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With 64 games left, Blackhawks’ path to playoff contention looks plausible but difficult

The Hawks’ recent upswing has lifted them out of the NHL’s basement, but they’d need to consistently play like a top-10 team for months to climb into the playoffs.

The Blackhawks have won five of their last six games, but need to keep winning for months to have a chance.
AP Photos

CALGARY, Alberta — The Blackhawks are only 18 games into their 82-game schedule.

Considering all that has happened already — the sexual assault scandal and coaching change and franchise-worst start and recent upswing — it almost boggles the mind. But indeed, the Hawks are less than a quarter of the way through the 2021-22 season.

The remainder of it, however, should be more limited to typical on-ice highs and lows. The off-ice tumult that has headlined the Hawks’ fall hopefully has eased.

That raises a crucial question, the answer to which will determine just how monotonous the 64 remaining games prove to be: Can the Hawks still make the playoffs?

Of course, the mathematical solution is, yes. The Predators entered Monday holding the Western Conference’s final wild-card spot with 19 points. The Hawks entered a day off before Tuesday’s game against the Flames with 14 points. Looking at it that way, the five-point deficit seems surmountable.

But history shows it won’t be an easy task. Over the last six full seasons, 37 teams have entered Nov. 22 five or more points out of a playoff spot. Only four eventually made the postseason.

Besides, the standings are largely irrelevant this early. With so many months to go, pacing matters more.

The final playoff cutoff line in the West has been, on average, 93 points over those last six full seasons. Although the West’s current projected cutoff this season is 96.5 points — set by the Blues, the eighth-place team based on points percentage — that likely will regress over time.

For the Hawks to reach 93 points, they’d need to earn 79 points in their remaining 64 games. That would require a record of roughly 36-21-7 — give or take a few wins and overtime losses — the rest of the way.

That’s certainly doable, but it would require them to play like a well-above-average team. Last season, 12 teams finished their 56-game season at or above that pace. In 2019-20, when the league had more parity, only nine teams hit 79 points through their first 64 games (and only five exceeded 81 points). Some very talented rosters, including the Golden Knights, did not.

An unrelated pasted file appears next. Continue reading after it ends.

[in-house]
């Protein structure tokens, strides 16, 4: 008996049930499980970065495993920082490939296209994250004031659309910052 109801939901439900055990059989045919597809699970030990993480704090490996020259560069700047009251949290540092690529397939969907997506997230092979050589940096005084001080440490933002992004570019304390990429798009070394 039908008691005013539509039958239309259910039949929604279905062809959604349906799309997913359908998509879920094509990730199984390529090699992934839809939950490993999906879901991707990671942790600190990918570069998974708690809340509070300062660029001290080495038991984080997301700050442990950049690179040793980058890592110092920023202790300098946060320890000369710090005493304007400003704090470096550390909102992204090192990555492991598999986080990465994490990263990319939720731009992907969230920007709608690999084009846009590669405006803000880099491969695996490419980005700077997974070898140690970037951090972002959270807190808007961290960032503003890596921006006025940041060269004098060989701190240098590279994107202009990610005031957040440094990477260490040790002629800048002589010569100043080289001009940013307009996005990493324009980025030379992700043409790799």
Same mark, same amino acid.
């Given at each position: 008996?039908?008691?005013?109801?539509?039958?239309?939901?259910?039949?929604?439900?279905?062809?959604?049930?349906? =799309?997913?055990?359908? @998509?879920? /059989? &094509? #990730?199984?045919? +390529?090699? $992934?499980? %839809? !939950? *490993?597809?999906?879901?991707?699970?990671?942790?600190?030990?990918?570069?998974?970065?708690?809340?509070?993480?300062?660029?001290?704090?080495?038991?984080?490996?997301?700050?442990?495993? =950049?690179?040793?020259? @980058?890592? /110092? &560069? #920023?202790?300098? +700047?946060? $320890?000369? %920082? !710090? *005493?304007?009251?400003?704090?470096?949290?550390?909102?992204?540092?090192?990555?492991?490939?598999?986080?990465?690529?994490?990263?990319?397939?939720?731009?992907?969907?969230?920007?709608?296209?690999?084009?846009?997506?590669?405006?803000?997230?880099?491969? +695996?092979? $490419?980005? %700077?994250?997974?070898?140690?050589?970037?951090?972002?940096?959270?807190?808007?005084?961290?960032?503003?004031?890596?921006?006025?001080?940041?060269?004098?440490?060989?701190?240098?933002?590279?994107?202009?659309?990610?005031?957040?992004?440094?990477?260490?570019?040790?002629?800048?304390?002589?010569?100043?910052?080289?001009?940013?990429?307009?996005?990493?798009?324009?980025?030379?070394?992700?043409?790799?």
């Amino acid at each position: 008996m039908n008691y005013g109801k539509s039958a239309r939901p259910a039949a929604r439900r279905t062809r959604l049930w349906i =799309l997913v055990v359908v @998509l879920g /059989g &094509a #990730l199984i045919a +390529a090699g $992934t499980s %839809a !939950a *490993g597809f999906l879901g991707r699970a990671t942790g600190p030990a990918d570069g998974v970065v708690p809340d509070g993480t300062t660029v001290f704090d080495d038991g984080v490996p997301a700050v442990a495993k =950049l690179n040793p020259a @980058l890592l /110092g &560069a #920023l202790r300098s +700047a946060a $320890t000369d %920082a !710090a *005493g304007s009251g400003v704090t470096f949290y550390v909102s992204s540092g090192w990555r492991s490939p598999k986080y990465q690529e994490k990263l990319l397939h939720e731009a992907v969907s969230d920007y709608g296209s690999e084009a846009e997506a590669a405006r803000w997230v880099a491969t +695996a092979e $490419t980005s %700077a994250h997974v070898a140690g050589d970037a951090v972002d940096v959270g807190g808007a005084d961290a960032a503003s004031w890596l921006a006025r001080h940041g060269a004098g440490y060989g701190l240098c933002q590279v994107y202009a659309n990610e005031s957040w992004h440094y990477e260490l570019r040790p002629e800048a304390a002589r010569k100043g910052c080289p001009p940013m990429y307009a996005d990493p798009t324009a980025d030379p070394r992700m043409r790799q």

So can the Hawks play like a top-10 team consistently from now through April? They wouldn’t need to exactly keep up their 5-1-0 record under interim coach Derek King, but they would need to keep winning more than losing for a very long time.

They also would need to improve quite a bit. Goaltending predominantly has fueled their recent success and should remain a strength all season, but the Hawks are doomed if their 44.9% even-strength scoring-chance ratio — fourth-worst in the NHL — continues. Even in six games under King, their ratio is 46.8%.

At least there’s belief in the Hawks’ dressing room. That’s prerequisite ingredient No. 1 for this theoretical rally.

“You can break it down to each zone and how we’re playing with all our systems and all that,” King said Sunday. “But these guys are just feeling good about themselves. They’re getting their confidence back. They’re not as fragile as when I got here. It’s nice, but it’s still a journey. We’re just going to keep picking away, day by day.”

The Hawks’ stingy third period — after two horrendous periods — in Sunday’s 1-0 win excellently demonstrated that resilience.

“They’re gradually getting out of that sense of, when things go wrong, it’s depressing,” King said. “Now it’s, ‘Things go wrong. We’re OK. Hold the fort, and we’ll get out of it.’ That’s that confidence coming back.”

If the Hawks can maintain that confidence — in spite of hockey’s inevitable volatility — for 64 games, it might give them an outside shot. But that won’t be easy.